Jonathan Majors and Glen Powell at Devotion : Post Movie

Sacrifice.

Sacrifice.
Photo: Eli Ade/Sony Pictures Entertainment

Sacrifice was done well before Top Gun: Maverick came out, but it’s hard not to remember that movie – and of course the first one topgun – in opening scenes that range from sensual close-ups of a Vought F4U Corsair fighter to an image of Glen Powell in a bomber jacket, in all his glory as he drives past a plane taking off from a runway and struts at Quonset Point Air Force Station on the coast of Rhode Island. But at least it’s nice to see it though MaverickScene-stealing Hangman Back in the Navy, these opening moments feel like a more conscious nod to this kind of movie Sacrifice will be no to be. JD Dillard’s poignant aviation drama soon sets its own unique tone as Powell’s Tom Hudner walks into an empty locker room and hears a male voice in the bathroom mutter bitterly, “You’re worth shit.”

That voice belongs to Ensign Jesse Brown (Jonathan Majors), an accomplished aviator with whom Hudner has been working with since the beginning and who, we learn, has become so engrossed in the racism and hatred he has faced over the years that he often repeats insults to himself in the mirror to move. The year is 1950, there is war in Korea. For Strike Fighter Squadron 32, most of whom missed World War II (which they call “The Big Show”), the new conflict is a chance to prove themselves. But Brown stands out from the rest, not only because of his race, but also because as a family man, he has a life he’d like to return to. For his loving wife, Daisy (Christina Jackson), going abroad to go to war is not an opportunity for Jesse to serve, but an understandable cause of grave concern.

Sacrifice tells the true story of Brown and Hudner’s growing friendship as “Fighting 32n/ahe sails out and finally faces a dogfight. It certainly works like a war movie, even if the moves feel pretty familiar at this point. There is an early tragedy to remind our heroes of the dangers of their jobs; there is an alcoholic, friendly interlude on the French Riviera (where men party with Elizabeth Taylor!); there is a part where someone defies orders to engage in an act of heroism; is an ill-advised rescue mission. Sacrifice is based on fact, and the obligatory archival photo appeal at the end is a reminder that many of these things (including the Taylor run-in) really happened. But the familiar often hides inconvenient truths: a heroic act of mutiny by a black soldier in 1950 can quickly turn into insubordination and potentially disgrace.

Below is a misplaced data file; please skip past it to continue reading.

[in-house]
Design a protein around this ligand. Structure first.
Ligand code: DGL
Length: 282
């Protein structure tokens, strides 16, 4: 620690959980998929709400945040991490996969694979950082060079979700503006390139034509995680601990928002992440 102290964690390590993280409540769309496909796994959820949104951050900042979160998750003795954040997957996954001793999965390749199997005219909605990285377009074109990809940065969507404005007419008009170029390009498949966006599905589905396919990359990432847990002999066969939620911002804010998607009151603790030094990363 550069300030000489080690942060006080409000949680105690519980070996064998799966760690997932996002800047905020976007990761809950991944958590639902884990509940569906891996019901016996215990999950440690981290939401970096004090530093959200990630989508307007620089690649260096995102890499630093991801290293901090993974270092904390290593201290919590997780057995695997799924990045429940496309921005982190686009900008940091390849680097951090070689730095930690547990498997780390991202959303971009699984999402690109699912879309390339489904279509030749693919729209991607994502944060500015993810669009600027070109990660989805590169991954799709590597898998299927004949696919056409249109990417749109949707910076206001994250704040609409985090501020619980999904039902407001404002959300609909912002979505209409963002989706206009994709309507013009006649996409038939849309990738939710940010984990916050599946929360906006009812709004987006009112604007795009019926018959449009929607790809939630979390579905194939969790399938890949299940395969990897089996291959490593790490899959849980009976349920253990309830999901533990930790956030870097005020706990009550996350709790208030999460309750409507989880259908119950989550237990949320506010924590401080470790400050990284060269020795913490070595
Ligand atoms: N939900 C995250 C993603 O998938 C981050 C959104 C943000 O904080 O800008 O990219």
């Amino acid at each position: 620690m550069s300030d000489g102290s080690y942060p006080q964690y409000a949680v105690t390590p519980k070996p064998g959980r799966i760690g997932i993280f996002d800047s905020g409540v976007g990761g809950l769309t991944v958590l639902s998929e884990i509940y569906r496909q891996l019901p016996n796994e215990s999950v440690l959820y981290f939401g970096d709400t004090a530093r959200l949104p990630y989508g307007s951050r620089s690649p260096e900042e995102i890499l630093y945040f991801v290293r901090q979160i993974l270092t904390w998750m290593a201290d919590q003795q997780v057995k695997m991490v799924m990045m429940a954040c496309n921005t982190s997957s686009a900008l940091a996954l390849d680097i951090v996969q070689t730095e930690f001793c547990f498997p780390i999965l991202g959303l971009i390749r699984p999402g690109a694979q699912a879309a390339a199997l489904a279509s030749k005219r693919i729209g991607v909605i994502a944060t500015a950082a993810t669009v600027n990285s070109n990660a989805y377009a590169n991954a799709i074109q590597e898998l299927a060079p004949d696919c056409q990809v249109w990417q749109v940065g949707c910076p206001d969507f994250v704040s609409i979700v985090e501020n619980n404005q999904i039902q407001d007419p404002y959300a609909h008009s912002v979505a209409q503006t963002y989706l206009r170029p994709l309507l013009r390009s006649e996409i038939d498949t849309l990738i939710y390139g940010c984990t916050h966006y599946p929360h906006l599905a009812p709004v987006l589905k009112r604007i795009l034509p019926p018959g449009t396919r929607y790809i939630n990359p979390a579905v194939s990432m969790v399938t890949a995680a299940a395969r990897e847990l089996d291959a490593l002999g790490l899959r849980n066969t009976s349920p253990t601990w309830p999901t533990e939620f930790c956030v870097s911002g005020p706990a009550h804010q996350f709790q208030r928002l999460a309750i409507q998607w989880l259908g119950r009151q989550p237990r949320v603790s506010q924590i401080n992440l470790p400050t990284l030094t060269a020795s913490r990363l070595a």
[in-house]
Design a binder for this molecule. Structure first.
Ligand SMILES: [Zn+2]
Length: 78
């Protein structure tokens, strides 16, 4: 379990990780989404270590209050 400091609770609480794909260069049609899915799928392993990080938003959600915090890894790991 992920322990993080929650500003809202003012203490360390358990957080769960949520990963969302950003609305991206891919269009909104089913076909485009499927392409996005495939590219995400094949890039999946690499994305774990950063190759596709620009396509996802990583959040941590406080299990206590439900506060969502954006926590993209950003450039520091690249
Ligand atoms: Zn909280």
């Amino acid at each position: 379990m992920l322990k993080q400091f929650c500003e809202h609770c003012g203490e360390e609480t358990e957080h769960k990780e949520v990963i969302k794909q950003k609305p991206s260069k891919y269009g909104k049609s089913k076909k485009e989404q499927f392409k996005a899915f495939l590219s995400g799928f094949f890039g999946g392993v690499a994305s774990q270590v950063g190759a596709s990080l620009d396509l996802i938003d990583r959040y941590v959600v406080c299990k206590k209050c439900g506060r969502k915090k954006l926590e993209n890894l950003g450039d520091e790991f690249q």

Admittedly, the film manages to make even its more predictable elements seem fascinating and new at the moment. Dillard, who demonstrated his skills with a suspenseful visual narrative in the brilliant 2019 thriller castaways Honey, adds confidence and authenticity to the aviation scenes, and the climax of the film, which takes place during the battle of the Chosin Reservoir, is truly thrilling. But again, don’t expect dazzling, Maverickhere’s a spectacle of the style (even if both films share a common aerial stunt coordinator in the form of the brilliant Kevin LaRosa). It’s a smaller, grimmer picture where the tension doesn’t come from machines, but from men.

This also makes it a difficult film in terms of dramaturgy. Sacrifice has something to do with soldiers that is omitted from many war movies for storytelling purposes: they are not the type of people to wear their emotions on their sleeves. They are succinct, reserved people for whom control and discipline are everything. Perhaps more importantly, Brown has clearly learned the hard way not to really trust anyone. As a result, the relationship between him and Hudner, which begins as aloof and progresses towards sober loyalty, never really turns out to be so conventionally dramatic. This is not a flashy movie. That’s the point: with these men, you have to read between the lines of what they say and do to understand how they really feel. There are episodes Sacrifice where there doesn’t seem to be that much going on, but when you look closer, you’ll realize that almost everything is going on.

It takes a lot from actors. Majors brings a grim loneliness to Brown – not just in his lyrics and expressions, but even in the way he acts. Whenever we learn something new about Brownie, the heavy door seems to have opened for a moment, only to reveal a sliver of light. Partly because this character has devoted himself to something supposedly greater than himself – an army, a nation, a cause – and yet he still has to hold on to his individuality, because the thing he’s dedicated himself to may, on some level, not entirely merit his devotion.

Perhaps there is also a duality in this title. It is not the service or the flag that these people ultimately dedicate themselves to, but to each other. As a result, Powell’s protrusion is largely reactive as it is slowly drawn into Majors’ orbit. It’s touching to see Hudner transform from a wide-eyed, carefree boy-flyer into someone more grounded, more compassionate, maybe even more melancholic. War movies often tell of their heroes who, after passing through a meat grinder, look at them from a distance. In SacrificeIn this case, it’s not so much the struggle that makes these people watch from a thousand yards away, but rather the feelings they had to endure.

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